Are the Israelis protected by God?

Keyword: idol

A god image is a statue of a deity made of stone, clay, wood or metal.

The peoples with whom Israel came into contact all had their own idols and statues of gods. And for a long time there was also worship of other deities in Israel alongside the worship of the God of Israel - and accordingly also images of such gods. There were, for example, small figures of gods who were supposed to protect the house as "house gods" or good spirits (2 Kings 23:24). At times in Bet-El and Dan there were golden images of the bulls that King Jeroboam had erected (1 Kings 12: 28-29). In the story of the dance around the golden calf, too, the Israelites made such an image for themselves (Exodus / Exodus 32: 1-8).

In Isaiah, the images of the gods are literally translated as "nothingness". Anyone who worships an idol or an idol is turning to something weak, stupid, to something that actually has no power at all. Because the images of gods are made by human hands, rigid and mute and can bring no help (Isaiah 44: 9-20). Those who rely on them are left.

The God of Israel, on the other hand, is not a dead idol, he is the living God. He's the only one who can help. He proved his power by bringing the people out of Egypt, feeding them in the desert and protecting them in all their ways. In this helping action of God is based his claim as formulated in the Ten Commandments: Israel should only worship him and not make any images of gods. (Exodus / Exodus 20: 2-6; Deuteronomy / Deuteronomy 5: 6-10; Hosea 13: 1-9).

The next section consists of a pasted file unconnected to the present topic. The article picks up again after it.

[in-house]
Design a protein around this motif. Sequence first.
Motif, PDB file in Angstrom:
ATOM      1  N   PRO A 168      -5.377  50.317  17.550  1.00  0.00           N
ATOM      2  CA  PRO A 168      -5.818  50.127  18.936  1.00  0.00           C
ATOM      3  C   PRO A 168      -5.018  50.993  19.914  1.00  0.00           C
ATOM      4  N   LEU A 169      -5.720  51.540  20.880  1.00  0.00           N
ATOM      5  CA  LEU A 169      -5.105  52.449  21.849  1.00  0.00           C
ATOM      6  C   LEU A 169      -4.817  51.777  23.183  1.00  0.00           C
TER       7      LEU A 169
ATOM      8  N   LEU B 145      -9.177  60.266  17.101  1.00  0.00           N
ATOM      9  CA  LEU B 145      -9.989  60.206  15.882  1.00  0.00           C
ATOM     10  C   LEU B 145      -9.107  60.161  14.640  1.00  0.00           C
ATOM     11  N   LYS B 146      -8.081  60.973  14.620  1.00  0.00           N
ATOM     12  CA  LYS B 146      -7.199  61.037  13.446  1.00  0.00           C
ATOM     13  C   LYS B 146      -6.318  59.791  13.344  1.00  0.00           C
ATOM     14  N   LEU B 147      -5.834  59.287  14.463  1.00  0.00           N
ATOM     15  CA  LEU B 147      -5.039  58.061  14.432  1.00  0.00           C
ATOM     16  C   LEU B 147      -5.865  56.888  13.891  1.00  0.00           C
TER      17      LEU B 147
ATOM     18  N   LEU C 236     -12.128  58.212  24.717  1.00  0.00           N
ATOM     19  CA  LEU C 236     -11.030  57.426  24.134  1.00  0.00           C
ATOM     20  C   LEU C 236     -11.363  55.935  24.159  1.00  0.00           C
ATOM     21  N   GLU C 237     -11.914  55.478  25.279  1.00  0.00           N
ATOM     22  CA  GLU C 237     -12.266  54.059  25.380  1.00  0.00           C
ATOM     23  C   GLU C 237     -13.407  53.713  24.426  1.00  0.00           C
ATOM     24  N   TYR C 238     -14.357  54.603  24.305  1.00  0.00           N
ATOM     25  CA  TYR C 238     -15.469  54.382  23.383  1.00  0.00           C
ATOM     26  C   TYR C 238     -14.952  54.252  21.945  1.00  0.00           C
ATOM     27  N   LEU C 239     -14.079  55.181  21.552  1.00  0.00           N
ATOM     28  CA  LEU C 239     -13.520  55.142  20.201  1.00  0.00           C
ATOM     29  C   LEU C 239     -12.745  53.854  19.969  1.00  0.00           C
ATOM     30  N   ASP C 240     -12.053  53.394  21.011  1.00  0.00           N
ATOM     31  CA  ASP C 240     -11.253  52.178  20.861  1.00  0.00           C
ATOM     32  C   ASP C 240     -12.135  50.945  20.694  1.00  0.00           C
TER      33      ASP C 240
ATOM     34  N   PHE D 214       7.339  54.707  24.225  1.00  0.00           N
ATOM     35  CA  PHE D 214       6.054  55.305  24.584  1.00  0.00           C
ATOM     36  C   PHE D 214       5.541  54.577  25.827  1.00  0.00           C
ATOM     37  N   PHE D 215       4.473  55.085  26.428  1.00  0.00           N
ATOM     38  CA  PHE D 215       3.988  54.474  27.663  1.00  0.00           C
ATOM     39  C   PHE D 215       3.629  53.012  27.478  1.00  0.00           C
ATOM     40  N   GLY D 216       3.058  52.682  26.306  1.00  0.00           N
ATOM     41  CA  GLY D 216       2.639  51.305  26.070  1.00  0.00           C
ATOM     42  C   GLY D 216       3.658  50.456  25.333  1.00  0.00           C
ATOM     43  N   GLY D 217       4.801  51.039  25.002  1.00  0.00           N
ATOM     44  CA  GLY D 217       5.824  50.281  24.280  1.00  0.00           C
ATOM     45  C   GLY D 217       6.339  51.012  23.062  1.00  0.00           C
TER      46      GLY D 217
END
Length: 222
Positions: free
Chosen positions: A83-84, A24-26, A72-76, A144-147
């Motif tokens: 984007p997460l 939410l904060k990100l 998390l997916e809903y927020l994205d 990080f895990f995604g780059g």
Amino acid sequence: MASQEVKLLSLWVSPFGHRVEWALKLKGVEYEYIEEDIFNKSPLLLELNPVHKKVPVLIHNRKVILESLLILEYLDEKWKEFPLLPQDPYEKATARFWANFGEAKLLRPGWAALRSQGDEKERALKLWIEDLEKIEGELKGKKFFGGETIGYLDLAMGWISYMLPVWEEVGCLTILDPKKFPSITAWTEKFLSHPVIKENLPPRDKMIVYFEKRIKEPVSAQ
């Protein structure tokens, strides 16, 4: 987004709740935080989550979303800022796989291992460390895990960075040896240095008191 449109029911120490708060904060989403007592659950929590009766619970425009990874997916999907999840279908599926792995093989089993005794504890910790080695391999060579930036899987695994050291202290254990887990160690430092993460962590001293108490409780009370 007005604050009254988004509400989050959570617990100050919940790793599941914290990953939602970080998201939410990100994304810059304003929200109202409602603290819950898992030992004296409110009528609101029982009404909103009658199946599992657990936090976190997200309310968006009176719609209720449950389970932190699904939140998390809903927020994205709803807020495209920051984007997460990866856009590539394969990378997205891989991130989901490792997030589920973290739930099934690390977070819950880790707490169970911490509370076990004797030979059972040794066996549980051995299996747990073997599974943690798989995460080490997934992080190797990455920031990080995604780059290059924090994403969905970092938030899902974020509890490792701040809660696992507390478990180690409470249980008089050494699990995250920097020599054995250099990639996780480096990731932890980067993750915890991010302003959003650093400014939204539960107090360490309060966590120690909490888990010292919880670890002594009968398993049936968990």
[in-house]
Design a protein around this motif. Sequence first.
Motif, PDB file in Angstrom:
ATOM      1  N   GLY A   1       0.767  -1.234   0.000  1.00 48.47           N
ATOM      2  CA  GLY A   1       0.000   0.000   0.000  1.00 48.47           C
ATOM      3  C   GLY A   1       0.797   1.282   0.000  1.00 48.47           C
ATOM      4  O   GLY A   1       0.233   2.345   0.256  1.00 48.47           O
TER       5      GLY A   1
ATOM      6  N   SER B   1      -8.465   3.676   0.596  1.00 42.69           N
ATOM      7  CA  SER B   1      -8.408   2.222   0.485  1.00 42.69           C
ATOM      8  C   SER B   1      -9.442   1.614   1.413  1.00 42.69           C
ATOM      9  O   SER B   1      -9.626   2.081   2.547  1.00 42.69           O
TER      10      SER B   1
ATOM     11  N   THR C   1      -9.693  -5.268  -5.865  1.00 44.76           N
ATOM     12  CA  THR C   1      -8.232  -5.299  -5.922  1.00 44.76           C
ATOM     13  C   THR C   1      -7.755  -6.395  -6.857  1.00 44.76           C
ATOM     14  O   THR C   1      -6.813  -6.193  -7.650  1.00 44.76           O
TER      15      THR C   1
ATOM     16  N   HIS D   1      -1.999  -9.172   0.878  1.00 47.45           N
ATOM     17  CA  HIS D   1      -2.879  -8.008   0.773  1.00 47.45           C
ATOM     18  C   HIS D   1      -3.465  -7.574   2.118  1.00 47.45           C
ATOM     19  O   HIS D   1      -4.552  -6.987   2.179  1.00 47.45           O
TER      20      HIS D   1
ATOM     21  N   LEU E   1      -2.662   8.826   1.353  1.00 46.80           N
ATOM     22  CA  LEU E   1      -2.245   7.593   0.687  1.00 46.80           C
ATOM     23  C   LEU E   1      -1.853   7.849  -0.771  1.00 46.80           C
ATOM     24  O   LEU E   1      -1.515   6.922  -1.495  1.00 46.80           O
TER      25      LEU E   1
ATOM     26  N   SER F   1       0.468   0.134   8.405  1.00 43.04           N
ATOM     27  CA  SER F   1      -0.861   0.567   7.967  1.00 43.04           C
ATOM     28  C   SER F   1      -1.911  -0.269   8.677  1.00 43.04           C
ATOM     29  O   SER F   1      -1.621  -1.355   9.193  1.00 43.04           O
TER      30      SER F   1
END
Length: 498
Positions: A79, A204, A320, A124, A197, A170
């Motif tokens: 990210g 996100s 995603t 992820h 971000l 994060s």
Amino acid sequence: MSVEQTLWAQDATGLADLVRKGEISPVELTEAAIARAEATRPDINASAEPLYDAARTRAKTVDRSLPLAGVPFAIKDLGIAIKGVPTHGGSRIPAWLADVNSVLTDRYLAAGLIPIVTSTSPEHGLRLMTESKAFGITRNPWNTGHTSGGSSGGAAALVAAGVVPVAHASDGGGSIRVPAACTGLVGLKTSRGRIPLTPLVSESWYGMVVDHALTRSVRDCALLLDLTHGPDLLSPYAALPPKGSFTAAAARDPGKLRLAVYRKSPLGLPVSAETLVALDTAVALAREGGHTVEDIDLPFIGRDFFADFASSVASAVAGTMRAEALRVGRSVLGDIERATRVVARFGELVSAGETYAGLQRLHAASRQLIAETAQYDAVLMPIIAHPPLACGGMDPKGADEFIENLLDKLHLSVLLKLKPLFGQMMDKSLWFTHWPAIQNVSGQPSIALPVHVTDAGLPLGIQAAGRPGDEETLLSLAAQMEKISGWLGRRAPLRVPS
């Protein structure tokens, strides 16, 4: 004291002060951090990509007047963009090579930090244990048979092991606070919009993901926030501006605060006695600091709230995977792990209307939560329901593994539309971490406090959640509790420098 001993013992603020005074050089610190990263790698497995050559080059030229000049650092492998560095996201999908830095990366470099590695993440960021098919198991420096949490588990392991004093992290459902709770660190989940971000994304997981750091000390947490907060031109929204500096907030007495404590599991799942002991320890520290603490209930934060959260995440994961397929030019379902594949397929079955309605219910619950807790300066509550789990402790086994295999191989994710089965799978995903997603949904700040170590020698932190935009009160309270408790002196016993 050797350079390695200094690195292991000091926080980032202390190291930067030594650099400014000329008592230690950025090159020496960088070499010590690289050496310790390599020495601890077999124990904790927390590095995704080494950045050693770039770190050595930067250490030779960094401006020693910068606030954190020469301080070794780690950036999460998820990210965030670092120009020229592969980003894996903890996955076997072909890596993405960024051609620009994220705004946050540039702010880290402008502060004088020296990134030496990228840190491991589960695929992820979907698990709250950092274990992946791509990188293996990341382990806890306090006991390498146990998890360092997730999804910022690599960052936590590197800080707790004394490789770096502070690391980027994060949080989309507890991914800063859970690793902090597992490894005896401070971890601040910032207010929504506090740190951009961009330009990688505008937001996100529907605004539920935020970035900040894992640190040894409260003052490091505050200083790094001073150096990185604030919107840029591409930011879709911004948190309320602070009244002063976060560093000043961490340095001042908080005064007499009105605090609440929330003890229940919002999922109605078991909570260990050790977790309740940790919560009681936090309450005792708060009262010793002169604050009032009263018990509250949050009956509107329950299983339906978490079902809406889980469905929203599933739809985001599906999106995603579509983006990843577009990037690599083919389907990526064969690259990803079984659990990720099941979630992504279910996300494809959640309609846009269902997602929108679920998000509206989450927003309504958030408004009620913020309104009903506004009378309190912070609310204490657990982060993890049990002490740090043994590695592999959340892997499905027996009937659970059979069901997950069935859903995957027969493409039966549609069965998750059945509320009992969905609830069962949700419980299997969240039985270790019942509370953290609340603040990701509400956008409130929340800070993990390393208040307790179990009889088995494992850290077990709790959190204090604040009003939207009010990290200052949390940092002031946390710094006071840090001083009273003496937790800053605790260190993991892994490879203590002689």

The books Joshua to 2 Kings run through this idol theme like a red thread: Israel succumbs again and again to the temptation to worship false gods. This unfaithfulness to the true God is held responsible as the actual reason for the downfall of the northern kingdom of Israel (2 Kings 17: 7-23) and later of the southern kingdom of Judah (2 Kings 24: 3).

During the time of exile, the author of Isaiah 40-55, referred to as Deutero-Isaiah, sharply opposed the worship of idols. At a time when the people are directly confronted with the gods and religions outside of Israel, he emphasizes the uniqueness and incomparability of the true God.

In the Gospels the theme of the idols does not play a role. But for Paul, who is constantly confronted with the ancient gods and their veneration on his missionary journeys, it gains new meaning. In view of the many idols in Athens "he was gripped by anger" (Acts 17:16). Again and again he exhorts people to turn away from idols (1 Corinthians 10:14; 2 Corinthians 6:16; Galatians 5:20). Revelation sees the idolaters fall into certain damnation (Revelation 21: 8, Revelation 22:15).